Jonathan Griffin

Criticism and essays on art and culture

Category: Interview

Mark Bradford

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Mark Bradford, Black Venus, 2005, mixed-media collage, 330 × 498 cm. Photo: Jason Dewey. © the artist. Courtesy the artist and Hauser & Wirth, London & Los Angeles

 

It was a stupid question anyway. Something about having success and opportunity and yet continuing to experiment, still taking risks. Though he has made sculptures, videos and site-specific installations, Mark Bradford was first celebrated, early in his career, for his panoramic, expressively exhausted collage-paintings made from sanded strata of coloured paper, which were almost always understood as reflecting the gritty streetscape of South Central Los Angeles. A long Los Angeles Times profile from 2006, a decade after he graduated from art school, describes him as a ‘hometown boy made good on the international art scene’. His first solo show at a major commercial gallery was in 2001, at Lombard-Freid Fine Arts, New York, sassily titled I Don’t Think You Ready For This Jelly. Since then his work has climbed in value, shored up by solid institutional support – a professional status reflected this year in his representation of the United States at the Venice Biennale. Read the rest of this entry »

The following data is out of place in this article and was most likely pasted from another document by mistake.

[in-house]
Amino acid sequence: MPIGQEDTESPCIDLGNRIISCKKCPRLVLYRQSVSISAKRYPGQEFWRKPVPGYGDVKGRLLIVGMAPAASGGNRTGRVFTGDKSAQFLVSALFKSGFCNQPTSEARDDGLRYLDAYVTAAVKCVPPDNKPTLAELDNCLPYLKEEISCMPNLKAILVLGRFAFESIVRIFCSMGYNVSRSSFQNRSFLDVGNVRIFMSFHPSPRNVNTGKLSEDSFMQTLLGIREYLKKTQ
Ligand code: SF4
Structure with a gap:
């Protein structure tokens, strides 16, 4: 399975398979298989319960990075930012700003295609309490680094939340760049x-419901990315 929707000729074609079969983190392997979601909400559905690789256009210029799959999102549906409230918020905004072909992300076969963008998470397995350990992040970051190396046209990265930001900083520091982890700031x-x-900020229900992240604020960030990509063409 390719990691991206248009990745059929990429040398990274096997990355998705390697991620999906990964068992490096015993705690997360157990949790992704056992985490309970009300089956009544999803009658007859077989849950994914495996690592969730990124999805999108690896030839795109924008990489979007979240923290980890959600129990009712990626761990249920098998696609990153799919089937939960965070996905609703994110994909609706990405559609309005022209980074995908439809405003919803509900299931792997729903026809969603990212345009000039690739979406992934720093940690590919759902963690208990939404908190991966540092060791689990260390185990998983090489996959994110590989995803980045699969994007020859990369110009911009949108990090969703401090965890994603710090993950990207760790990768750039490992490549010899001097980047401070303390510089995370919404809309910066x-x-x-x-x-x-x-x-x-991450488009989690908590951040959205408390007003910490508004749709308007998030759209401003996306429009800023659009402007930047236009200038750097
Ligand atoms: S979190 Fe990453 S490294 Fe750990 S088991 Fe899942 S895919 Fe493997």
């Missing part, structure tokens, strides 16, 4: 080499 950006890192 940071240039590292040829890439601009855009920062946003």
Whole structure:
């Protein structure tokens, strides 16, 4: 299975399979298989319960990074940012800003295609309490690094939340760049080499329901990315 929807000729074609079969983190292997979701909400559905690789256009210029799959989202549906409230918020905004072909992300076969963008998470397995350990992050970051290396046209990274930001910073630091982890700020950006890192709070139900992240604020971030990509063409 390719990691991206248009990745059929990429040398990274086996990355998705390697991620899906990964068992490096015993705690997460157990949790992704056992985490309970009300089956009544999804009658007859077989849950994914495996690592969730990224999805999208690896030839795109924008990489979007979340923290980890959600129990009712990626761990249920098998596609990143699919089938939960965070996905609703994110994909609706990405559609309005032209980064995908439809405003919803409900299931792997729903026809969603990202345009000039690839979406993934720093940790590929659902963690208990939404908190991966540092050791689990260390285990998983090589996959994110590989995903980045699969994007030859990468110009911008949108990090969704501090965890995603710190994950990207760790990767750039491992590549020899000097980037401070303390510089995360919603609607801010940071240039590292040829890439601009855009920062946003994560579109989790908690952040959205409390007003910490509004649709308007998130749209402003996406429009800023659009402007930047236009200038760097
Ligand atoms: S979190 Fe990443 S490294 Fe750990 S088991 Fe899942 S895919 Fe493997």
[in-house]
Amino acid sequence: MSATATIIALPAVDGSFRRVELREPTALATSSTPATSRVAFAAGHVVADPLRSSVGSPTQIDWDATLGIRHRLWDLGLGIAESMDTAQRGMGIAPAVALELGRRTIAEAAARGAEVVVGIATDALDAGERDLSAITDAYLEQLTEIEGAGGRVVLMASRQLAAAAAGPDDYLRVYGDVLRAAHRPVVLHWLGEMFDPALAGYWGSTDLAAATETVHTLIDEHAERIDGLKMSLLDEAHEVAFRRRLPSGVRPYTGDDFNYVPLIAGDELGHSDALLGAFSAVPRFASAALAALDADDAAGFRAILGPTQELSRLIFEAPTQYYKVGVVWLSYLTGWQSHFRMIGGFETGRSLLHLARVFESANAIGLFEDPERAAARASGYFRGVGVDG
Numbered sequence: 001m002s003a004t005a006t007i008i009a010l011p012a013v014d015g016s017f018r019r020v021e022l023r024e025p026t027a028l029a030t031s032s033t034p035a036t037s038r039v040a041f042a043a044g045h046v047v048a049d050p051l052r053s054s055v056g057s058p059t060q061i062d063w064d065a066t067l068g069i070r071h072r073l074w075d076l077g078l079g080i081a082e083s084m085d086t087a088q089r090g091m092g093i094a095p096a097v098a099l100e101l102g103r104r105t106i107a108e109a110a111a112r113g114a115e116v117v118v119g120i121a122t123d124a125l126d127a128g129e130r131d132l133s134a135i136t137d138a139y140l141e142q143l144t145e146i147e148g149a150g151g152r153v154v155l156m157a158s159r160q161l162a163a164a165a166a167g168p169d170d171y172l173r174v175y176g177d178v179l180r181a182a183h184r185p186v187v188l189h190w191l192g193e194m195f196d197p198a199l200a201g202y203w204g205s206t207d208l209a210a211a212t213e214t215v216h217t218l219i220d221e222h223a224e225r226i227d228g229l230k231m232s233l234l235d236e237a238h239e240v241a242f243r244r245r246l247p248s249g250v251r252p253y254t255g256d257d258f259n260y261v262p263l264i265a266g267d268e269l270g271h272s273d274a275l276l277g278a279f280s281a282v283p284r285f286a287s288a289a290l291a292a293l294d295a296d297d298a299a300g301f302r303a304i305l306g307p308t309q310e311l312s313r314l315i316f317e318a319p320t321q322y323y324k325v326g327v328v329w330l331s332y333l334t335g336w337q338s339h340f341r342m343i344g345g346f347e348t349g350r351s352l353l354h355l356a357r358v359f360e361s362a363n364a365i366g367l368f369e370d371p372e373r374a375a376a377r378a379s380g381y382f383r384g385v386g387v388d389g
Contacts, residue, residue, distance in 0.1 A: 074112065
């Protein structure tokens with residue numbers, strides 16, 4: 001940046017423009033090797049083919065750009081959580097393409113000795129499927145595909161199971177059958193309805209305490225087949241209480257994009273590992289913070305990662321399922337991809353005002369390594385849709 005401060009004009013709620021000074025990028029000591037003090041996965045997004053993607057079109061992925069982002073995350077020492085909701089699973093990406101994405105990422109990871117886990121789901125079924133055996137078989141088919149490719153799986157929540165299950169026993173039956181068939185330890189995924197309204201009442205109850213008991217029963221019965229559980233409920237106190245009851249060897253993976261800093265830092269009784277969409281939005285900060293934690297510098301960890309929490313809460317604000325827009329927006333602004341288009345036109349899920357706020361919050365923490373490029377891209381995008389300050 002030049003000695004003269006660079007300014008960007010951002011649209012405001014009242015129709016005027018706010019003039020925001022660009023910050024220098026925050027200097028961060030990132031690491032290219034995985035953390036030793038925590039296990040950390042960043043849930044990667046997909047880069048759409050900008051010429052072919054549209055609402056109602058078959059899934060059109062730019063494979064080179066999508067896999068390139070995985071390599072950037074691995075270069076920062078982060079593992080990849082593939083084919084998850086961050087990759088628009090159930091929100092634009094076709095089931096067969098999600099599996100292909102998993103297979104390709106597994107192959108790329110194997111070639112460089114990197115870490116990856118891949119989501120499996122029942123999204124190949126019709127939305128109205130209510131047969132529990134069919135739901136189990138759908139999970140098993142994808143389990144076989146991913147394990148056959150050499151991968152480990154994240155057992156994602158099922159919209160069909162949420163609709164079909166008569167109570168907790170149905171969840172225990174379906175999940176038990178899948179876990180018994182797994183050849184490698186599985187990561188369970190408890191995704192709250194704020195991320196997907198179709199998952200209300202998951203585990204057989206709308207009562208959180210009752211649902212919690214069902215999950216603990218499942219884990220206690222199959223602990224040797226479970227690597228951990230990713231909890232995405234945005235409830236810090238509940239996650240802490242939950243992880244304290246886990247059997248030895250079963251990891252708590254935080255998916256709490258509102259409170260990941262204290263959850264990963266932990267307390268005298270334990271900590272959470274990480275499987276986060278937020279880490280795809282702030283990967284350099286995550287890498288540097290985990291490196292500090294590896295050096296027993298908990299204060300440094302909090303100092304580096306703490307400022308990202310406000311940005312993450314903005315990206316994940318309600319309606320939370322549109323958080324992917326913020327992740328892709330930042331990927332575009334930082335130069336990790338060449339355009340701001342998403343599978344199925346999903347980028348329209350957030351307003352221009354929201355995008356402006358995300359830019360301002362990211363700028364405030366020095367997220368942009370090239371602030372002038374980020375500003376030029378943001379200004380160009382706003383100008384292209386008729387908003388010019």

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Frances Stark

Frances Stark, still from 'The Magic Flute', 2017, ©? Frances Stark (1)

Frances Stark, still from ‘The Magic Flute’, 2017

When artist Frances Stark was invited to participate in the prestigious 2017 Whitney Biennial, last year, she was in the middle of producing an opera. She had no time for interruptions. It was her first opera: Mozart’s Magic Flute, a re-orchestrated and retranslated version of which she recorded with a group of young musicians, and then turned into a text-based video with animated subtitles in place of the sung libretto. She considers the work – which premieres at the Los Angeles County Museum of Art on 28 April – an experiment in pedagogy, an educative experience both for the players and the audience. It is the most ambitious and collaborative production of the 50-year-old Los Angeles artist’s career. Read the rest of this entry »

Theaster Gates

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Study for Pavillion, 2017, Bricks, 16 1/2 x 24 1/4 x 21 1/4 inches. Courtesy Regen Projects

As the January rain washes the windows of Regen Projects in Los Angeles, Theaster Gates, dressed in a blue knee-length kaftan over jeans, is relaxed and buoyant, seemingly unfazed by the pressures of the year ahead. The finishing touches are being made to ‘But to Be a Poor Race’ (14 January–25 February), Gates’ debut exhibition with the gallery. In early March he will open a new body of work, ‘The Minor Arts’, in the recently renovated Tower Gallery of the National Gallery of Art in Washington D.C. The following month, in Helsinki, he will headline the IHME Contemporary Art Festival, where he will perform with his improvisational music ensemble, The Black Monks of Mississippi, part of a larger project for IHME that Gates is calling The Black Charismatic. In June, he unveils a new permanent installation for the sculpture garden of the Walker Art Center, Minneapolis.